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Interview: JERO

Licensing

Enka singer in Japan. Born in Pittsburg, Pennsylvania. His African American grandfather married a Japanese woman.

This album introduces the following 15 clips from his interview on March 30, 2010 followed by his profile. 

1. Interest in Japan stemmed from his mother and grandmother’s stories

2. Learning Japanese traditions by observing his mother and grandmother

3. Embraces his Japanese heritage

4. Never sang Enka outside the family

5. Coming to Japan

6. Dreamed of becoming an Enka singer

7. His clothes are part of his identity

8. Hopes everyone pursues their dreams regardless of race or heritage

9. Trying to convey the meaning of the songs

10. Nikkei Sansei

11. Considers Pittsburg his home, but always wanted to live in Japan

12. Singing the way I sing 

13. “Harebutai”

14. Getting on Kohaku

15. The first concert in the United States

* Original interview clips were posted in the Discover Nikkei Interviews section.

Slides in this album 

Interest in Japan stemmed from his mother and grandmother’s stories

They talked about Japan sometimes, you know they talked about all the things that they enjoyed to do in Japan. You know, my mother, she enjoyed going to watch samurai movies, and she still does watch samurai movies to this day. You know, it’s very reminiscent of her childhood and ...

Jero Interview Clip #1: Interest in Japan stemmed from his mother and grandmother’s stories
Contributed by: editor

Learning Japanese traditions by observing his mother and grandmother

Not, you know, formally “this is how you do things”—you know, she would never actually pushed any Japanese culture on me—neither did my grandmother and, you know, it was just watching how, you know, my grandmother lived everyday life and the way my mother did things, you know, those are ...

Jero Interview Clip #2: Learning Japanese traditions by observing his mother and grandmother
Contributed by: editor

Embraces his Japanese heritage

I was actually proud of, you know, my Japanese heritage, I didn’t try to hide it from anyone. And, you know, if people would ask, you know, “Are you mixed” or do you have, you know, another, you know, nationality within you, you know, I would tell them, “Yes, you ...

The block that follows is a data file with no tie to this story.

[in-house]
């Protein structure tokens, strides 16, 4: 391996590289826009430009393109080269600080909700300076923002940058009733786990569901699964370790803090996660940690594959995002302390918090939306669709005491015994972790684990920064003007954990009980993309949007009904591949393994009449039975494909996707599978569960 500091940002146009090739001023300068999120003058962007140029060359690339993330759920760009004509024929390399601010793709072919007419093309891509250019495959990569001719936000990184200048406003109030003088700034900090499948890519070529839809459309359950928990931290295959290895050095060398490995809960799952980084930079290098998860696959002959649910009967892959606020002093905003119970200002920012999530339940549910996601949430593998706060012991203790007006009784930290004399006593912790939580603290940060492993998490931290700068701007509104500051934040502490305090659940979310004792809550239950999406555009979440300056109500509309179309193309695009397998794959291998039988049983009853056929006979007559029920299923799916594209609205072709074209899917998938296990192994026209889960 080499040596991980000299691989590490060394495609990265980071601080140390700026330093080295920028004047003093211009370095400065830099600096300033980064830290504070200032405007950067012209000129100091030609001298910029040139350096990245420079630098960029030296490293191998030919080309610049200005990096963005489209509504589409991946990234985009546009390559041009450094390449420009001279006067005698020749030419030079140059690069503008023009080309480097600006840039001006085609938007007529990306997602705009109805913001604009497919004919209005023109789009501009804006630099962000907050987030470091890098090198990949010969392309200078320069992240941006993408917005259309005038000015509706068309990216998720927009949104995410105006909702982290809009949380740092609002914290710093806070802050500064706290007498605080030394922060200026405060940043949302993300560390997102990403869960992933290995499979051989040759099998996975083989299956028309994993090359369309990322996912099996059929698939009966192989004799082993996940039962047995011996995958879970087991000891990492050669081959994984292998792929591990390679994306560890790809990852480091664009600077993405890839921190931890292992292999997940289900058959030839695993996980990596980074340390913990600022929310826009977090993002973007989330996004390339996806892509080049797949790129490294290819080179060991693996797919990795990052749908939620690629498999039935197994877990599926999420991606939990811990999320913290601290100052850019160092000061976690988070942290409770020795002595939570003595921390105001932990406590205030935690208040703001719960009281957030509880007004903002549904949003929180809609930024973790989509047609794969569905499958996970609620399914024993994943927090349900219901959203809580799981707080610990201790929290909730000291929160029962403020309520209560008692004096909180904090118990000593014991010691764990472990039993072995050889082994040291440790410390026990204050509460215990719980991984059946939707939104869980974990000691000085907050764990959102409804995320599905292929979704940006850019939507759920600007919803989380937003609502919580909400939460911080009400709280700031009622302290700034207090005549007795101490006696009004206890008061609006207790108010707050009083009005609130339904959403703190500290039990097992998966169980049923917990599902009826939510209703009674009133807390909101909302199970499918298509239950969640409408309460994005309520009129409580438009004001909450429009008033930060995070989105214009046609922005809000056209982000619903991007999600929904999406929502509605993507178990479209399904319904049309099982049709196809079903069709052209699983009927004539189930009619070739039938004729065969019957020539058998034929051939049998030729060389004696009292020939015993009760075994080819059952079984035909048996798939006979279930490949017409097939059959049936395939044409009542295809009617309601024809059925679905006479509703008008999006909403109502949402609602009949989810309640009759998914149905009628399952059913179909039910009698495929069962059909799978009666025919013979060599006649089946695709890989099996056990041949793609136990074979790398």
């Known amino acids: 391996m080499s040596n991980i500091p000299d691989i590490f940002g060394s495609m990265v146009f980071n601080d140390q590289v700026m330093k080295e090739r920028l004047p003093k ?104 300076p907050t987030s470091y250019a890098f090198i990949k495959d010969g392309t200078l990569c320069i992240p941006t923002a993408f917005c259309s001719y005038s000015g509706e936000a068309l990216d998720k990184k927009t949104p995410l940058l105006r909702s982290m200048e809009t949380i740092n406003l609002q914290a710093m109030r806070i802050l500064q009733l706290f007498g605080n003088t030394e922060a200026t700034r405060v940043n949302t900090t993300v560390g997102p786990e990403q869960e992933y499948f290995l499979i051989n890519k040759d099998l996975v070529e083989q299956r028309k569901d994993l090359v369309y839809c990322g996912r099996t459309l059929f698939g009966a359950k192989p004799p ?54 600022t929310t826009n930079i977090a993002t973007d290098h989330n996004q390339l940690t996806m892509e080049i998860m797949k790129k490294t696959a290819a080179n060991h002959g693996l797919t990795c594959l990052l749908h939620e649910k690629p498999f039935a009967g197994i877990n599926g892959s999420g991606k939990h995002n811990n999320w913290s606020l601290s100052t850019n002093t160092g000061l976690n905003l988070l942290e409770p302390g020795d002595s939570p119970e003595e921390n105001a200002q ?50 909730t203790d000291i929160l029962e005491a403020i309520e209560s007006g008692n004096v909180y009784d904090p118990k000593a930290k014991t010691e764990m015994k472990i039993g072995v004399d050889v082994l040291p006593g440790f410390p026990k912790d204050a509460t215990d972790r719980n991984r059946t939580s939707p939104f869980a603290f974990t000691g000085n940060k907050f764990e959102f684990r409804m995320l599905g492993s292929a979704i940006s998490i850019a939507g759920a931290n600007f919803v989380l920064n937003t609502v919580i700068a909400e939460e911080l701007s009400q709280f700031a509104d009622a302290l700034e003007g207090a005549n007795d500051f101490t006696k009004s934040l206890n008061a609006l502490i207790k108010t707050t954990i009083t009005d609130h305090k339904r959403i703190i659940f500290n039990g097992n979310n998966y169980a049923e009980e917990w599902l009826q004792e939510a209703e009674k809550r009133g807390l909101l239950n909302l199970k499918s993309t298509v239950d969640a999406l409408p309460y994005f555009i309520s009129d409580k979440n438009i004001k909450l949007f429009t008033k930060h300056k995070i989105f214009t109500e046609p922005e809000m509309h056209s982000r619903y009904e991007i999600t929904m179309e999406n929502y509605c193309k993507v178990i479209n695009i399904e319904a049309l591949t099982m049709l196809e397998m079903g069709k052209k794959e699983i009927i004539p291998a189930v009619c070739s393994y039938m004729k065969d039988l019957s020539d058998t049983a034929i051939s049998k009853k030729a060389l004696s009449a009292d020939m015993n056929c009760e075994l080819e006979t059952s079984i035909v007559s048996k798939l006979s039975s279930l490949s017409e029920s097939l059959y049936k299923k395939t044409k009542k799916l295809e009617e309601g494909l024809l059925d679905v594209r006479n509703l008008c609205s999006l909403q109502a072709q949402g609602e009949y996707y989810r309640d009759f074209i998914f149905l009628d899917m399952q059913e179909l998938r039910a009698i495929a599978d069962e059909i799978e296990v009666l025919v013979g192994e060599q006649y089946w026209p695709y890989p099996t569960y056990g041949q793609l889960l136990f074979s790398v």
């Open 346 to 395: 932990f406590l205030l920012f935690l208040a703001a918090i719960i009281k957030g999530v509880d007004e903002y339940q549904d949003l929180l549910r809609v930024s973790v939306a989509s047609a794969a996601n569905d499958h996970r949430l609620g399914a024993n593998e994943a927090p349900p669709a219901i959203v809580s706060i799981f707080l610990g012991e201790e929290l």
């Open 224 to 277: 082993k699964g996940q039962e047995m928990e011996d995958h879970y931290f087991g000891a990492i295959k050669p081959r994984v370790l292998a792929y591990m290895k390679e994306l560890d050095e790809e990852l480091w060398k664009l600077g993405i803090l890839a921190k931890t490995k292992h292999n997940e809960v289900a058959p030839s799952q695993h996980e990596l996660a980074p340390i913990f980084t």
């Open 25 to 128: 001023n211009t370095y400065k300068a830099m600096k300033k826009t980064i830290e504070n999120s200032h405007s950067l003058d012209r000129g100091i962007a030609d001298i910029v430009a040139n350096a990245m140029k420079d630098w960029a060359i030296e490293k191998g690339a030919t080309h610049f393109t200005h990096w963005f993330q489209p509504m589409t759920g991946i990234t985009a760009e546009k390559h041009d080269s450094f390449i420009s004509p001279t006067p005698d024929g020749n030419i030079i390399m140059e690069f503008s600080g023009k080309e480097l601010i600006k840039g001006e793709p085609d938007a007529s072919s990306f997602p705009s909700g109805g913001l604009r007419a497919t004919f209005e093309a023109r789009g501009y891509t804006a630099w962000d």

Jero Interview Clip #3: Embraces his Japanese heritage
Contributed by: editor

Never sang Enka outside the family

That was something I didn’t do. Enka was something that I kept within my family. Just because, you know, it’s another type of music and it’s in another language. So even if I let, you know, my friends listen to it, they wouldn’t actually understand it. They wouldn’t…you know, they ...

Jero Interview Clip #4: Never sang Enka outside the family
Contributed by: editor

Coming to Japan

You know, because I lived in Pittsburg my whole life, it was the first time I had seen so many people in one place, at one time. You know, going to places like Shinjyuku and Shibuya, Ropponji…just seeing so many people and getting on trains with so many people…that was ...

Jero Interview Clip #5: Coming to Japan
Contributed by: editor

Dreamed of becoming an Enka singer

It was something I wanted to do, you know, since I was, you know, 5 years old. And I never thought I would have the opportunity—you know, because in the United States the word enka is not even, you know, known. So, you know, that childhood dream of mine, you ...

Jero Interview Clip #6: Dreamed of becoming an Enka singer
Contributed by: editor

His clothes are part of his identity

It’s a part of who I am…you know, a lot of people think, you know, it’s a big gimmick or something, that…you know, you know…the people who are taking care of me, you know, want to do. But it’s a part of who I am…it’s—I don’t want to, you know, ...